Here is the latest post in a series on how to use television dialogue writing to help improve the dialogue in all creative forms of writing.
I recently finished watching Angel (so spoiler alert!). I really got into the fifth and final season of the show in a way that I hadn’t with the other seasons, and it was a joy to finally find episodes that were on par with the best that Buffy had to offer. One such episode was the heartbreaking A Hole in the World written, unsurprisingly, by series creator Joss Whedon. While I said that the episode is heartbreaking, one of its earlier scenes is one of the funniest of the series. Watch it here:
Now when some people look at me cross-eyed after I explain to them that the world of Buffy the Vampire Slayer and its spinoff represent some of the finest art that television has to offer, the cavemen vs. astronauts debate will come into mind as an example of what I’m saying. In a lesser show, such a debate as the one above would be pure nonsensical window dressing. It’s like a Kevin Smith conversation. You know, the kind that says, “Look at my characters. They’re witty and cool. Don’t you wish you spoke about such mundane things with the awesome that they bring to it?” Having used such dialogue to establish the characters as endearing and enjoyable, the lesser show would then move on to the real meat of the story and such a scene would just serve as comic relief.
No so with the cavemen vs. astronauts debate. Instead of letting it die the death of ‘comic relief’ Whedon spins it into the metaphorical glue that binds A Hole in the World together as a cohesive work of art. We do hear other characters talking about the debate in future scenes. Wesley clearly has interest in it. Fred. Lorne. It may seem like the joke is just being rehashed. And then, later in the episode Fred–who has appeared earlier on to favor astronauts–lies dying in her bed, the hue of her apartment’s bedroom cold and cavelike. Fred says the following: The light…hurts my eyes, but I don’t want you to turn it off. But it hurts my eyes. Everything’s so bright and hollow. Cavemen win. Of course the cavemen win.
Boom. It hits you in the gut. All of a sudden that ha-ha-aren’t-we-witty-and-sarcastically-bantering-away stuff from earlier on becomes deadly serious.
And then we realize it: Spike and Angel, men from another time, have flown in a jet, their first flight to go visit the Deeper Well (a cave) in England. First time astronauts flying off to a cave to save their enlightened science-minded friend. But no matter their technology, no matter their books, no matter what they try, they fail. Fred dies. Cavemen win. The brutality of nature will always win.
And then our understanding of the ‘joke’ deepens. Fred, a tough brilliant hero in her own right, needs to be saved by the men. A huge group of them. They surround her bedside and rush about saying brave manly things like “Not this girl. Not this day.” and “I swear on my life…” that you won’t die, etc. And no matter how much Fred wants to prove that she’s strong and can fight back, she’s forced into a childlike position: carried to bed, read a children’s story, held tightly. In the end, death forces her into being a child, removes her right to be a part of the team that’s fighting for her life. She can no more use culture and reason to retain the dignity she’s fought so hard for than the brave and clever ‘astronaut’ men can figure out a way to save the damsel in distress that hates being called a damsel in distress. In the face of tragedy and grief, culture dies away, society crumbles, and all that’s left are the base truths of ‘cavemen’ and the chaos of nature.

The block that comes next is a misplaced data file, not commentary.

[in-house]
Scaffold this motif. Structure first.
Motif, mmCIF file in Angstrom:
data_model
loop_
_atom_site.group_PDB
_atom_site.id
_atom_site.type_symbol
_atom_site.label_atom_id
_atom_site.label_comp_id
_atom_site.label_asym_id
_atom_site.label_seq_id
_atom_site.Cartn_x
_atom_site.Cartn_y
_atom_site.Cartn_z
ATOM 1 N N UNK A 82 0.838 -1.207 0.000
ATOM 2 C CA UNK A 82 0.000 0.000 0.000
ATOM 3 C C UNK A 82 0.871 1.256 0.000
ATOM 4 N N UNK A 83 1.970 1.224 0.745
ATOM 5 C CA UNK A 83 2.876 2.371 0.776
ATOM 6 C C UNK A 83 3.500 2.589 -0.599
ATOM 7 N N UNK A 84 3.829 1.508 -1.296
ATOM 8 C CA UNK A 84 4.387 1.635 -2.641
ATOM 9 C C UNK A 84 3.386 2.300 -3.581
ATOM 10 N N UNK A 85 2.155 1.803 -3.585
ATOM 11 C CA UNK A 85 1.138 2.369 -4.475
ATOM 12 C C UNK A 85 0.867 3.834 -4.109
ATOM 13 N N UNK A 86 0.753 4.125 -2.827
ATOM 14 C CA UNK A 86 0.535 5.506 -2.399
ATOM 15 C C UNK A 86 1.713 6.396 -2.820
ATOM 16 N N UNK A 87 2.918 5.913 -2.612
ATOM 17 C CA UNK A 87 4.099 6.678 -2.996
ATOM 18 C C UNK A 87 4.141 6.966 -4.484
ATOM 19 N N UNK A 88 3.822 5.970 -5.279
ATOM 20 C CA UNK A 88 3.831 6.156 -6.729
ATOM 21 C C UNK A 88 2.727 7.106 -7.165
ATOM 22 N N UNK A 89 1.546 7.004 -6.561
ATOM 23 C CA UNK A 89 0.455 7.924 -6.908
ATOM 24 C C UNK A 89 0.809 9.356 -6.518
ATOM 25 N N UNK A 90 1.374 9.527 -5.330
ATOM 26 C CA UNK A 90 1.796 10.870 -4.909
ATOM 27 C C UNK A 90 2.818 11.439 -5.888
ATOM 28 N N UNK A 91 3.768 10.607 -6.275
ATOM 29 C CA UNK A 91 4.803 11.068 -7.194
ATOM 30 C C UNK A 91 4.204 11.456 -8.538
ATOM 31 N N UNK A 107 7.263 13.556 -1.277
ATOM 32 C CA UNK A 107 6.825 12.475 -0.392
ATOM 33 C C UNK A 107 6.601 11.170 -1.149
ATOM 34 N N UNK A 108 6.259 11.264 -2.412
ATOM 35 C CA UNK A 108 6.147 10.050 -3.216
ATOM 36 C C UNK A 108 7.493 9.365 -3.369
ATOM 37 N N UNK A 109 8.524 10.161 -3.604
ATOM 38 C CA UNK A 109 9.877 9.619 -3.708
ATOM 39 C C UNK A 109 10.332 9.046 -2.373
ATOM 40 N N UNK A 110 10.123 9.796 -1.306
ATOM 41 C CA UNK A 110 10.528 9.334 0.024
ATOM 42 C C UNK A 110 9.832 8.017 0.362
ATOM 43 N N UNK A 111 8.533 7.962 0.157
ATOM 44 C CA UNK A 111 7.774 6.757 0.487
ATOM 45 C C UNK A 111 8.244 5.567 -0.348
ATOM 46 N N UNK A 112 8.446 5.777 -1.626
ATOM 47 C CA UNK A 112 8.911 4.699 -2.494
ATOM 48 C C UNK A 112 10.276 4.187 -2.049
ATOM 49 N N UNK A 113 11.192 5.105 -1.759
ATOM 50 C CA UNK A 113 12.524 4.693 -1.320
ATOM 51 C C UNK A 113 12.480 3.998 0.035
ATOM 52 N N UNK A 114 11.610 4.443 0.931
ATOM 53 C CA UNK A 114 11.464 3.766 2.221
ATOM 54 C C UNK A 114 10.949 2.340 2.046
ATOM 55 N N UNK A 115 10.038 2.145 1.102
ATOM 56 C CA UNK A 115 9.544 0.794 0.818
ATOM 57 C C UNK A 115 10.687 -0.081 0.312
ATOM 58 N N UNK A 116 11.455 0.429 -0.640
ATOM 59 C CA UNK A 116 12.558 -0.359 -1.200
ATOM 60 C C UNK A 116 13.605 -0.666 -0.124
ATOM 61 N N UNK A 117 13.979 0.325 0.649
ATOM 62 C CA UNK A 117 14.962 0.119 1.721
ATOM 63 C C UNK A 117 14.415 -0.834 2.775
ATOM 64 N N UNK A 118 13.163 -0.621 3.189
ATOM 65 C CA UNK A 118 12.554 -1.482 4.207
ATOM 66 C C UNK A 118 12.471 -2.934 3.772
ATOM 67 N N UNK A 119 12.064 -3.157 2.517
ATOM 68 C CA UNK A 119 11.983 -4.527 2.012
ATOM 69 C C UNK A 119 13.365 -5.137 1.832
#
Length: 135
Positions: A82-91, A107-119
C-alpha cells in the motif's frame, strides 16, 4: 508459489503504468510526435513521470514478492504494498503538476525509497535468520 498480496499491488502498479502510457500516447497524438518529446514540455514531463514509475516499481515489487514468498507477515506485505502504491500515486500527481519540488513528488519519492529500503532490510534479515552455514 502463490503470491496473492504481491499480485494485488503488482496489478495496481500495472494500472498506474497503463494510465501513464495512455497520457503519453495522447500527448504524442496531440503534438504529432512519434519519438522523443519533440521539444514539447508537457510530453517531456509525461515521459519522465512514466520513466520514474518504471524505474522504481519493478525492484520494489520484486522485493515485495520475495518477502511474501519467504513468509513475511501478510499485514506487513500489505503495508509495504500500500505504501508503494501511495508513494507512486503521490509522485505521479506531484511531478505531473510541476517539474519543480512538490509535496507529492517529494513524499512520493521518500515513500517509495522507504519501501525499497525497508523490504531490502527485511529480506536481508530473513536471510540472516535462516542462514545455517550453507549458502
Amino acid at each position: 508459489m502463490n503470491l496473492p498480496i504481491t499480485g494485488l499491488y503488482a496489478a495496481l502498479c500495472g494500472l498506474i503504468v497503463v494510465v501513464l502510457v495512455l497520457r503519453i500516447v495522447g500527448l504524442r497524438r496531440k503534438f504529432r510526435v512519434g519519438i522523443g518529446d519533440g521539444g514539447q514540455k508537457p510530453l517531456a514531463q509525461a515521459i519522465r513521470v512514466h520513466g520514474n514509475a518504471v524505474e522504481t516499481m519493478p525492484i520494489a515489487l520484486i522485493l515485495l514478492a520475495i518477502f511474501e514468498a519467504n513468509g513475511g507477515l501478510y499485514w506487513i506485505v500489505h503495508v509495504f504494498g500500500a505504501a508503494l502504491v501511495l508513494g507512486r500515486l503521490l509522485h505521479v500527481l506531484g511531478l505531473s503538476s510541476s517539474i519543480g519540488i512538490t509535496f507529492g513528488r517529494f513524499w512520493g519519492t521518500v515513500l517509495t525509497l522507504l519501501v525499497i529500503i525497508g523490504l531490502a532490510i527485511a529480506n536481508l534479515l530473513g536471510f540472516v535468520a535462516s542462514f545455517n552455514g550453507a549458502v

This is brilliant dialogue, and it offers writers an example of how you can take a joke and make it matter–make it mean something. In this case, the joke serves as the starting point of the episode and ends up laying down the thematic work for its remainder. It shows me that nothing should be wasted in a text. There should be no fat. No mere ‘relief.’ Everything–everything–needs meaning and purpose in your work, even the very pieces of text that try to prove that nothing has meaning and purpose. So when you’re looking for witty dialogue, don’t forget cavemen and astronauts. Don’t just look for wit–look for something that will be deep, resonant and unforgettable.
Any similar examples you know? Any challenges with dialogue you’re having? Post your thoughts below.
Other Posts in this Series (Mostly Whedony Examples Thus Far):
- The Echo
- The Character Manifesto
- Death is Your Art
- Lie to Me
- Poignant Villainy (A Tarantino Example)
- Analogy Jokes